management nursing

  1. Hi guys, I have been a registered nurse for 5 years now, usually CCU but alwats with PT or PRN jobs in SNFs, recently i took a job in management in a SNF, as ADON. At first i loved this position, i was getting perks of being management, while also having power to actually change things and help. As time goes on though, I believe I am beginning to hate this place, not necessarily the building but the other menegement team. The 2 unit managers are jokes (and by the way coonsidered even with me, so I cannot reprimand), the one has been a nurse for 100 years and literally believes the best way to help our floor nurses and aides grow is to make them feel as stupid and useless as possible. Its seriously to the poit that every time i have a hiring session, i have to beg at least 2 new employees not to leave on thier first day because how horrible she is to them. and yes i have spoken to my DON about this, her answer is staff doesnt like her because she olds them accountable. The other manager is so flippin lazy that as long as she doesnt have to do anyting she doesnt care, to the point of assigning aides on her unit with 6 showers a shift and assignments of say 13 just so she doesnt have to redo assignments. I know thats possible but this building has awesome staffing so very unnecessary. We start the day every morning with
    AM meetings with is really just a ***** fest about the staff, leaving me just ugh. So i am hoping i can get some feedback on how to deal with these types of nurses and please tell me it gets better at the top. I just cant help thinking gosh it was so much more enjoyable to be playing with a chest tube and not hearing constant complaining and negativity!!!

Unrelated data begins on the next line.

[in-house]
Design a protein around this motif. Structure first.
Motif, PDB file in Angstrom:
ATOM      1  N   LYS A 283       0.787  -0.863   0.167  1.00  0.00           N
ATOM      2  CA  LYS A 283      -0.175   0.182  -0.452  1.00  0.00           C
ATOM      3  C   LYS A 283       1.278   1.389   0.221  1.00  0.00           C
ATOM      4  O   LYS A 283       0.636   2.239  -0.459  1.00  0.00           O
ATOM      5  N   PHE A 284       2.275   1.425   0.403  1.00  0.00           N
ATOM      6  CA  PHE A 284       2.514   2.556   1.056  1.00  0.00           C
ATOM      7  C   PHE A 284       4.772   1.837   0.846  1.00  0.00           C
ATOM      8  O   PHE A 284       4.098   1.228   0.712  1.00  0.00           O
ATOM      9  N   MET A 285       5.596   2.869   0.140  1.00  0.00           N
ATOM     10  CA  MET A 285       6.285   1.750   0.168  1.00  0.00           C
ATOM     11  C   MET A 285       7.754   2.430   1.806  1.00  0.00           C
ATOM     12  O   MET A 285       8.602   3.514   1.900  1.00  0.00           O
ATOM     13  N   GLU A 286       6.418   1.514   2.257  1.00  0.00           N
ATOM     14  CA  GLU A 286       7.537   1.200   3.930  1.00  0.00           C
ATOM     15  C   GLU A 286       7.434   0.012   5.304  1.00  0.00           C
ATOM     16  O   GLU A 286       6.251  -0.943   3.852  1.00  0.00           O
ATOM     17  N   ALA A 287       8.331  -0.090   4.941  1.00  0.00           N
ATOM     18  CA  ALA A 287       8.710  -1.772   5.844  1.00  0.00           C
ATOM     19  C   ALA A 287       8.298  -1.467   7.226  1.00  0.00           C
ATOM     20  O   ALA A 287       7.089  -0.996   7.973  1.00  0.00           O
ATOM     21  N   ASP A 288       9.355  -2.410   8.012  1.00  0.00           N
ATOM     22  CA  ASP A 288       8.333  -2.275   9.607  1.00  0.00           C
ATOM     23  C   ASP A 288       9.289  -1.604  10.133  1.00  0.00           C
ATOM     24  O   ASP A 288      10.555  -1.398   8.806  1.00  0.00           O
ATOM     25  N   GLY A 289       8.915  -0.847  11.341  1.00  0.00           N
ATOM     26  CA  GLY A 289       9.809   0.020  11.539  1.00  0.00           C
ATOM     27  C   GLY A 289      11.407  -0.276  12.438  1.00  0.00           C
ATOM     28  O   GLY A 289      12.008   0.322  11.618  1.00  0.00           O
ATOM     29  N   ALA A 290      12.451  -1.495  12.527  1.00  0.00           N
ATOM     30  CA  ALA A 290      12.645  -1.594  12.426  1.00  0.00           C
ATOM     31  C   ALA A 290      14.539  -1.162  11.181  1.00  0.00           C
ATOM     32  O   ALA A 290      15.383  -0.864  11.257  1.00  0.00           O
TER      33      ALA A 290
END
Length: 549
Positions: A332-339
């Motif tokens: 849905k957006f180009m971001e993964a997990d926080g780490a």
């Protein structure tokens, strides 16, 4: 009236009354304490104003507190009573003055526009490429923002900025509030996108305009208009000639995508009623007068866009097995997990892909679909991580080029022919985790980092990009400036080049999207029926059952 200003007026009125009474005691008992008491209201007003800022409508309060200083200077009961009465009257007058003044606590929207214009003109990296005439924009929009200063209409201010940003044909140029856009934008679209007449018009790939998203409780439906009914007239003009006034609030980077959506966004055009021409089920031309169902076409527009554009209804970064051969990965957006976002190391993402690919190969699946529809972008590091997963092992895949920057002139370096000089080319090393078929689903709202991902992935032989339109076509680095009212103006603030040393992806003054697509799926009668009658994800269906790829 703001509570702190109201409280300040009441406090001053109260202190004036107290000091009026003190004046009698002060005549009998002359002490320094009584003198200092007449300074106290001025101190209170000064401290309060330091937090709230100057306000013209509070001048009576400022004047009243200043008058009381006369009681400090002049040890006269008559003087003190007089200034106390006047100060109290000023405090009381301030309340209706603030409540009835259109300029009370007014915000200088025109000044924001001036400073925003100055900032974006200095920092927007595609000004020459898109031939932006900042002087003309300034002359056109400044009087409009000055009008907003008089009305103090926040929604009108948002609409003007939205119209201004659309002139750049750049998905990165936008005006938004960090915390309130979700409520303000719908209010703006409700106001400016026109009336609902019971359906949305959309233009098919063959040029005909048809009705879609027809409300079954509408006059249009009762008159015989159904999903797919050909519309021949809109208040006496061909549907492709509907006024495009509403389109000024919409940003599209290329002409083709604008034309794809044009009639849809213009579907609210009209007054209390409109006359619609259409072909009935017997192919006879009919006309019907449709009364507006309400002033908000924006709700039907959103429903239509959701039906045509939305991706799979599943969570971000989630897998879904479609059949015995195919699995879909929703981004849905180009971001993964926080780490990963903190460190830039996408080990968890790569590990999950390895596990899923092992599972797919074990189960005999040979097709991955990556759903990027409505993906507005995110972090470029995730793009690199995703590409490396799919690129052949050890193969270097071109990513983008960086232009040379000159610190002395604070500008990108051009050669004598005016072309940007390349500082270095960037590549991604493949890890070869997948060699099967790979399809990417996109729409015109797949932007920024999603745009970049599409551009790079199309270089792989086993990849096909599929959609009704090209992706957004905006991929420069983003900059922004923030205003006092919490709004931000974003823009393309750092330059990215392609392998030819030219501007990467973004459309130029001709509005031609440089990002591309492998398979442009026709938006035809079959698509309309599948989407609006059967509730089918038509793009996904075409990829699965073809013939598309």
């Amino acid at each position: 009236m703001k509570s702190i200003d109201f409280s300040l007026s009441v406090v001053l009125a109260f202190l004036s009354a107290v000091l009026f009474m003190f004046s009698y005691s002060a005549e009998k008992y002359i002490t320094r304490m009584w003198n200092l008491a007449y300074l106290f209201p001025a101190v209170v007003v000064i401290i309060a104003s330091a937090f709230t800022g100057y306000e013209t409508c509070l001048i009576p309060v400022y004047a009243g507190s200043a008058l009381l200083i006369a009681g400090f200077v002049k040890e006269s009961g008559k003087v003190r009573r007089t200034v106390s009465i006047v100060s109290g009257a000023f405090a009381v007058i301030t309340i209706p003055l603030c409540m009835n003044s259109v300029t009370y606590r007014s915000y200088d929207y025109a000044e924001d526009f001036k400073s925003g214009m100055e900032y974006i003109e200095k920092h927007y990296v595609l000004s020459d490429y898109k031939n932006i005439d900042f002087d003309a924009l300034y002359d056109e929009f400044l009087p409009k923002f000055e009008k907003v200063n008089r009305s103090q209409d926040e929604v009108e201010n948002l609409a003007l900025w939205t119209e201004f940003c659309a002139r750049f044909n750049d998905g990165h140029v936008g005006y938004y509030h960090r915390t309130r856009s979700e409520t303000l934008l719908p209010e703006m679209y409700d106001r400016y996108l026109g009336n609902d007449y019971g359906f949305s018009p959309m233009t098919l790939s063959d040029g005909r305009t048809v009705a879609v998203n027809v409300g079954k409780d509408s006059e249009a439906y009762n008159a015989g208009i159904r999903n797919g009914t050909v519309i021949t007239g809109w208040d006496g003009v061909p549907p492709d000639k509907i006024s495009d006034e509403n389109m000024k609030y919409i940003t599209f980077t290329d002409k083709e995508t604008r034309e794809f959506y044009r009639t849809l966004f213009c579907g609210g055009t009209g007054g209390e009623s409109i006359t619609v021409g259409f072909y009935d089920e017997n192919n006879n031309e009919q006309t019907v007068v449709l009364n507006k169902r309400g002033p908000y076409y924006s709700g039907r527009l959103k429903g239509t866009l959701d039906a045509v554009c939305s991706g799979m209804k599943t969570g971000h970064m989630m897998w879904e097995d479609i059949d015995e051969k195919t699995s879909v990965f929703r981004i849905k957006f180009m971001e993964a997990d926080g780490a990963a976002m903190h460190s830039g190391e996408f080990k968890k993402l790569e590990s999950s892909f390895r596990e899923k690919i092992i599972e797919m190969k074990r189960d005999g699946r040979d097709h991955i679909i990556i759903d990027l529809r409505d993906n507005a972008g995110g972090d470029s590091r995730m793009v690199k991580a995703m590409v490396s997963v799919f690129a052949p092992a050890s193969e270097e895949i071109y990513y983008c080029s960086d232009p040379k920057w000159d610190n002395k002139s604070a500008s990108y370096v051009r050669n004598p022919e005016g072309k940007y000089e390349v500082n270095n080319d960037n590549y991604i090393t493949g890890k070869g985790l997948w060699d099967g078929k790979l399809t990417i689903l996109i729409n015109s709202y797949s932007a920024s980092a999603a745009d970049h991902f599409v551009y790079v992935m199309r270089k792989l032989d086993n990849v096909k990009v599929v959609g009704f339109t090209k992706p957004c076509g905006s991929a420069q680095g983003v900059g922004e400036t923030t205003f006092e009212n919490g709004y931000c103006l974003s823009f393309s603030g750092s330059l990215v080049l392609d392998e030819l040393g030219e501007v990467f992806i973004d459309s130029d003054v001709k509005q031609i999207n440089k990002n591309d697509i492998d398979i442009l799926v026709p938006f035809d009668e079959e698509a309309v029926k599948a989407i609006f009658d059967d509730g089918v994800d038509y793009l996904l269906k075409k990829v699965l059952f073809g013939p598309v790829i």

2. Visit katieRNlove profile page

    About katieRNlove

    Joined: Dec '02; Posts: 40; Likes: 2
    Staff education coordinator
    Specialty: 4 year(s) of experience in LTACH, CCU, ICU, M/S, ECF


  3. by   patwil73
    This is a very difficult situation to get into as I expect they have more seniority in the building than you do. My only advice is to document specifically what happens - what does the mean manager say to the staff; which staff members have you had to beg to stay on after their first day and what exactly was their excuse for leaving. Print out the assigments the other manager made and point out the discrepencies.

    None of this might help if your boss thinks it would be tougher to replace than to correct so be prepared for no change. Then you have to decide if you are willing to stay or not. Management experience can transfer over to other facilities and now you know somethings to check out before taking the job.

    Hope this helps,

  4. by   CINDY SUNG
    Dear Sir or Madam:
    We're writing from Taipei Veterans General Hospital Nursing department of Pediatric in Taiwan.
    Recently, we are going to move on a study about nurse-patient ratio. So we really appreciate that your consult.

    We're would like to know about how many Nurses (RN) take care for patients during the day shift and middle shift, night shift? Is there having LPN for assist? Especially we are curious about nurse -patient ratio in Pediatric of Hematology. Like 1(RN): 6(P'T) or 1(RN):8(P'T)?
    Also we're wanted to know the same ratio for the Oncology (Adult).

    Thank you for your sharing hope can hear from you soon.

    [FONT=Times New Roman]Sincerely,

    Jan Wu,

    HN of Ward A093
  5. by   RN1989